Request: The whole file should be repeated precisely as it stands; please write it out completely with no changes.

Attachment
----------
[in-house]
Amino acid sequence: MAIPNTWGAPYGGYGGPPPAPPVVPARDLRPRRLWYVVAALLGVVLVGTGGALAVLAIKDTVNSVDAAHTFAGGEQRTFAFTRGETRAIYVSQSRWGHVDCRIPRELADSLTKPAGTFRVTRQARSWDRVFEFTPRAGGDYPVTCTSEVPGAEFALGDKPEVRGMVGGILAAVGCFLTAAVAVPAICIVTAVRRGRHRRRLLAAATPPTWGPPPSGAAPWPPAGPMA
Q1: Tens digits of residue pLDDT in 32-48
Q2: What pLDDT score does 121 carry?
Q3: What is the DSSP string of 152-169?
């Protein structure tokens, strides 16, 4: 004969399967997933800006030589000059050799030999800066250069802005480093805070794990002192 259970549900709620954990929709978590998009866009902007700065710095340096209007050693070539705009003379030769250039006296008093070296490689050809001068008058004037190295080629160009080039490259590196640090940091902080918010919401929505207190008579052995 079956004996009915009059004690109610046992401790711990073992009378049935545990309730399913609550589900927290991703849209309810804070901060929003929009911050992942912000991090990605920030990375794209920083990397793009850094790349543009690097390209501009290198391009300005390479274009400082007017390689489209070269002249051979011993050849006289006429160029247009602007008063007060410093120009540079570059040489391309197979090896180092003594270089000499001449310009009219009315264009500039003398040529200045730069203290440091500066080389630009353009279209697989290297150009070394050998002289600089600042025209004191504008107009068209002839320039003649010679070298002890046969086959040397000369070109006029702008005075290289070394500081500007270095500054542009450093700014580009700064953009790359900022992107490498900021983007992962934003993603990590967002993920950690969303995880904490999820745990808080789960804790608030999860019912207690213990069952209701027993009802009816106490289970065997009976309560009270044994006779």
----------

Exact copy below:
[in-house]
Amino acid sequence: MAIPNTWGAPYGGYGGPPPAPPVVPARDLRPRRLWYVVAALLGVVLVGTGGALAVLAIKDTVNSVDAAHTFAGGEQRTFAFTRGETRAIYVSQSRWGHVDCRIPRELADSLTKPAGTFRVTRQARSWDRVFEFTPRAGGDYPVTCTSEVPGAEFALGDKPEVRGMVGGILAAVGCFLTAAVAVPAICIVTAVRRGRHRRRLLAAATPPTWGPPPSGAAPWPPAGPMA
Q1: Tens digits of residue pLDDT in 32-48
Q2: What pLDDT score does 121 carry?
Q3: What is the DSSP string of 152-169?
């Protein structure tokens, strides 16, 4: 004969399967997933800006030589000059050799030999800066250069802005480093805070794990002192 259970549900709620954990929709978590998009866009902007700065710095340096209007050693070539705009003379030769250039006296008093070296490689050809001068008058004037190295080629160009080039490259590196640090940091902080918010919401929505207190008579052995 079956004996009915009059004690109610046992401790711990073992009378049935545990309730399913609550589900927290991703849209309810804070901060929003929009911050992942912000991090990605920030990375794209920083990397793009850094790349543009690097390209501009290198391009300005390479274009400082007017390689489209070269002249051979011993050849006289006429160029247009602007008063007060410093120009540079570059040489391309197979090896180092003594270089000499001449310009009219009315264009500039003398040529200045730069203290440091500066080389630009353009279209697989290297150009070394050998002289600089600042025209004191504008107009068209002839320039003649010679070298002890046969086959040397000369070109006029702008005075290289070394500081500007270095500054542009450093700014580009700064953009790359900022992107490498900021983007992962934003993603990590967002993920950690969303995880904490999820745990808080789960804790608030999860019912207690213990069952209701027993009802009816106490289970065997009976309560009270044994006779």